Like the Gundam Space Opera Mystical Caravan Holidays Armored Supermecha Fries And A Milkshake: Limited Box I purchased before it, Superbeat: Xonic has a tremendous yet quaint beauty about it, and it all lies within it’s tat. For your £69.99, and assuming you purchase the PEGI rated EU edition of the game, you will receive an individually numbered box (I received 490 of 500 as it happens), a copy of the standard edition of the game, a 2 disc soundtrack on CD in one of those nice oblong jewel cases that you can’t seem to find spares of anywhere complete with a lovely full colour jewel case booklet, a large branded 12″ size vinyl record cleaning cloth and, best of all, a beautiful 180 gram double vinyl pressing of the soundtrack complete with resplendent artwork. This is, to put it very simply, sensible tat. Suitable items that match what their source material is all about.

I don’t know about you, but I’m sick of limited editions of video games, movies, picnic baskets, profiteroles and what have you that contain utter bunk tat you will never use. Superbeat: Xonic is an example of a perfect limited edition. The tat is well presented, of excellent quality and is likely to be something you will use. What more do you want from a rhythm game? It’s all about the music, so beautifully presented soundtracks make complete sense. What would not make complete sense is including a kiln-fired bust of Jermaine Stewart. Or a set of Chilean postage stamps with pastel sketches of Bobby Vinton‘s earlobes on them.

As I type this I’m looking at a cardboard tombstone for Castlevania 2 Lords of Shadow on the XBOX 360. Not only is the packaging ridiculous and over the top, making it tough to shelve away, the bundled in figurines are the biggest load of hokum I’ve seen in years. It’s a step short of tossing in a gold painted house brick and calling it limited edition individually numbered bullion treasure. The tat serves no purpose. Nobody wants it. What the hell was I thinking buying it? Oh that’s right, it was on clearance. Like a lot of these limited editions end up becoming as the shops can’t get rid of them.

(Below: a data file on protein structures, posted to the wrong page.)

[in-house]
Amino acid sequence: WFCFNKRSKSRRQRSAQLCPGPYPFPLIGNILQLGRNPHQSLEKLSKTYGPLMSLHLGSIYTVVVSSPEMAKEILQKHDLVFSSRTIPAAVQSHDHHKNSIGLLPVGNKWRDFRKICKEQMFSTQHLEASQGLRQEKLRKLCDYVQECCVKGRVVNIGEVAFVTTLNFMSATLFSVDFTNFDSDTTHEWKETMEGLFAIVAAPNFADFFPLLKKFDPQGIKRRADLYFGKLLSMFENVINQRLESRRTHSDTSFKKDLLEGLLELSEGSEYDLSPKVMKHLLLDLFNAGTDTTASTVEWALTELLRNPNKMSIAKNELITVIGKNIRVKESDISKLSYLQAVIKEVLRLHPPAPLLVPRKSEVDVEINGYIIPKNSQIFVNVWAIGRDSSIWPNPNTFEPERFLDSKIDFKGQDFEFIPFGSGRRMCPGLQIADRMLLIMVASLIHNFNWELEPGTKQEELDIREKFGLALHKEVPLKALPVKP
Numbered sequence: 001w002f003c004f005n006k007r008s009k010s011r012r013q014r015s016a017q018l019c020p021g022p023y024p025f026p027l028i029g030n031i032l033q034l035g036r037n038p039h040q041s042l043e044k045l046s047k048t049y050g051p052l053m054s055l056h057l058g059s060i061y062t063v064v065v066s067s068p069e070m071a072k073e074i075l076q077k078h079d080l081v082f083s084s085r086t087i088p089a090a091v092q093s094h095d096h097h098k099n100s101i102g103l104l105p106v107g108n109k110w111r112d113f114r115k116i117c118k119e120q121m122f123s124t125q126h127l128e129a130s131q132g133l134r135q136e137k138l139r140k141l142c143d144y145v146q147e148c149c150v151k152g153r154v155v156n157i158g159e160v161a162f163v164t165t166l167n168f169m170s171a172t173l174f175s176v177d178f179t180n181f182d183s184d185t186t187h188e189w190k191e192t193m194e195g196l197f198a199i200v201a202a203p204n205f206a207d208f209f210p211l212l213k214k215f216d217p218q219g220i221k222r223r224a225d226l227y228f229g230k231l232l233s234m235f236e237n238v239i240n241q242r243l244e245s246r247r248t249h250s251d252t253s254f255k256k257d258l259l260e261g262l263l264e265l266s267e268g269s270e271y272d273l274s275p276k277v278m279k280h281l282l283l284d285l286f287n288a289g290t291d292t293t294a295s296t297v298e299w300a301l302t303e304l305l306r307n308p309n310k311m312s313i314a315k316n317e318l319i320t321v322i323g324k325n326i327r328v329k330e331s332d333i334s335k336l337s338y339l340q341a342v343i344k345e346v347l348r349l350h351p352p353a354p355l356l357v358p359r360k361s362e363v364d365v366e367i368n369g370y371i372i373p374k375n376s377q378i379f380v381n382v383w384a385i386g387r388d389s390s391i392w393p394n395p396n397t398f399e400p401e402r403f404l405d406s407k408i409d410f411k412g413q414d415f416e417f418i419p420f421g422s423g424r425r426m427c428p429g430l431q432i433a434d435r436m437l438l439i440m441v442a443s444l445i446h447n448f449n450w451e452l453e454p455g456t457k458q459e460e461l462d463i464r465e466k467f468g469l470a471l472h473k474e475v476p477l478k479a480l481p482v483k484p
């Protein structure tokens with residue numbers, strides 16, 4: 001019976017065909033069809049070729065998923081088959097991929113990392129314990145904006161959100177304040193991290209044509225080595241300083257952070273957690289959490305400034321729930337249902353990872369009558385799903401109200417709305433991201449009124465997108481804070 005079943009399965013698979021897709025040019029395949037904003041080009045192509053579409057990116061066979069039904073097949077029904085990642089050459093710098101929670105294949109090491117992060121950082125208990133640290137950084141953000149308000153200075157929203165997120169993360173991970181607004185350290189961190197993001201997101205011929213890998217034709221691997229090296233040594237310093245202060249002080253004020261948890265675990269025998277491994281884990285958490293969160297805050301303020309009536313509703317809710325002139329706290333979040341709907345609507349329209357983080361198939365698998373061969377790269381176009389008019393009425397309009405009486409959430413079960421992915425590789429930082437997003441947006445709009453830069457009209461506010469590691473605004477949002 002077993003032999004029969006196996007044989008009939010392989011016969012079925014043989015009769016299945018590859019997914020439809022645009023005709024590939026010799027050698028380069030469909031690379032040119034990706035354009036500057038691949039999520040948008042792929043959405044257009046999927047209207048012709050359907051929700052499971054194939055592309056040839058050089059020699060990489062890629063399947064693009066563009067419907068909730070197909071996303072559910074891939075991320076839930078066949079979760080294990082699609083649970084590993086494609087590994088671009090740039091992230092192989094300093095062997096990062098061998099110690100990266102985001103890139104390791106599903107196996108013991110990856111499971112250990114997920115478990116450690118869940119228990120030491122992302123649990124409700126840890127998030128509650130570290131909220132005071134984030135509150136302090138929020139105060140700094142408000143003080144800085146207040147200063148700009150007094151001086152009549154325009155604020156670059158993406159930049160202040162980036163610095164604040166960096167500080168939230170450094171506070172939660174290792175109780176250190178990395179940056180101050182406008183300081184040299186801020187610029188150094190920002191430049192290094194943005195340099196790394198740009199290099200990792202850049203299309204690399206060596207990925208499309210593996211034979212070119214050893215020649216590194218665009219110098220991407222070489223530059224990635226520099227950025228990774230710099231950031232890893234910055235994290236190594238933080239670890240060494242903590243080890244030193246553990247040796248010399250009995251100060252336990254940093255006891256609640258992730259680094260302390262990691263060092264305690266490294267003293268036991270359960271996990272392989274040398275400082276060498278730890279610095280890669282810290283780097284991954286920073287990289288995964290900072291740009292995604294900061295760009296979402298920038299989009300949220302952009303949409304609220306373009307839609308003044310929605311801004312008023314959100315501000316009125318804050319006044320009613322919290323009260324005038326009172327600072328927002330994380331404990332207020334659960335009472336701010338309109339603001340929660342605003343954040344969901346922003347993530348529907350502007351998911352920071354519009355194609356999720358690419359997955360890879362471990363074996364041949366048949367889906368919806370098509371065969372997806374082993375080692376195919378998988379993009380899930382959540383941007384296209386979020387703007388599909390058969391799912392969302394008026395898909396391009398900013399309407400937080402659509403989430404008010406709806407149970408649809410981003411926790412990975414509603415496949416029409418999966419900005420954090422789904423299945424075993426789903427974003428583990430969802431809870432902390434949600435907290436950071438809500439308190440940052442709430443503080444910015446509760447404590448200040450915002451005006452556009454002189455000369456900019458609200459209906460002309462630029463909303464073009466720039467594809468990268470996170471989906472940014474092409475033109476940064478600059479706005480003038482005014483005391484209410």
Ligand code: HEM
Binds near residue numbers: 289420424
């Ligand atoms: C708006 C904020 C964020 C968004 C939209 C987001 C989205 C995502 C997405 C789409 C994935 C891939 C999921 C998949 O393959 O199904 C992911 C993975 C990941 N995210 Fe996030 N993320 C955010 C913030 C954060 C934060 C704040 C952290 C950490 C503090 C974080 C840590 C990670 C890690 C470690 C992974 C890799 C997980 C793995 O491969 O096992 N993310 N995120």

Pork Bellies

So why do so many limited edition video games on sale today include such utter pony? Perhaps box designers and marketing teams are looking for new avenues to push now that so much of the market has moved to digital distribution? That’s fine, and more than welcome, but all of this tat is being snapped up, stored away and left to rot on collectors shelves. I genuinely do not understand the thought process behind this. Landfills are fit to bursting and forests are being destroyed for this bunk and let’s be honest, that Bioshock 2 box set won’t get you ahead of the queue at the Antiques Roadshow when the person in front brings in a Monet sketch, or General Custer’s hat, or the arrow that lodged itself in King Harold’s eye.

It seems to me that two parties are pandering from the same trough. Brash marketers wanting to outdo each other with the latest and greatest in cheap tat to attract a sale, and as we know, market a limited edition right and it will sell out fast. Then on the other end of the trough are the scalpers and ‘collectors’ hoping that these limited editions will be worth a few quid come their retirement. The thing is, and stand by for the crushing body blow, nobody will care. Michael Parkinson will not be giving you a free Parker pen and you will not receive a brass carriage clock as the games industry’s gift to you. The market has long since shifted towards digital distribution and DLC all encased within the tight corporate reigns of DRM and scary lawsuits.

Limited edition video games are the new pork bellies.

I believe the bubble within this market is on the verge of bursting. The impression I’m left with is that the only people who care enough about these limited editions are adults nostalgic for times past, when video games came in a big box and prizes were found in cereal boxes. So why not cater to that market properly like Rising Star have with Superbeat: Xonic? If it’s young adults (and big babies) with disposable income buying this stuff, cater to them. Fill those limited edition boxes with appropriate goodies. Yoshi no Cookie: Kuruppon Oven de Cookie achieved limited edition legendary status way back in 1994. Not only were you purchasing a wonderful little Super Famicom puzzle game, but you also received a real microwave oven. Sensible, honest, limited edition brilliance! Don’t belittle us with busts of John Elway in the latest Madden game. Or an embossed Richard Simmons ring binder with the latest Tokimeki Memorial adventure.

Want a real tip? Pork bellies and frozen concentrated orange juice commodities are where it’s at. Go ahead and open those sealed boxes. Play the game. Flip through the art book. Fire paintballs at that ceramic bust of Master Chief. Write a letter to someone with that flowery Root Letter stationary set.

Use and enjoy what is inside, after all, it won’t change your life. It’s just tat.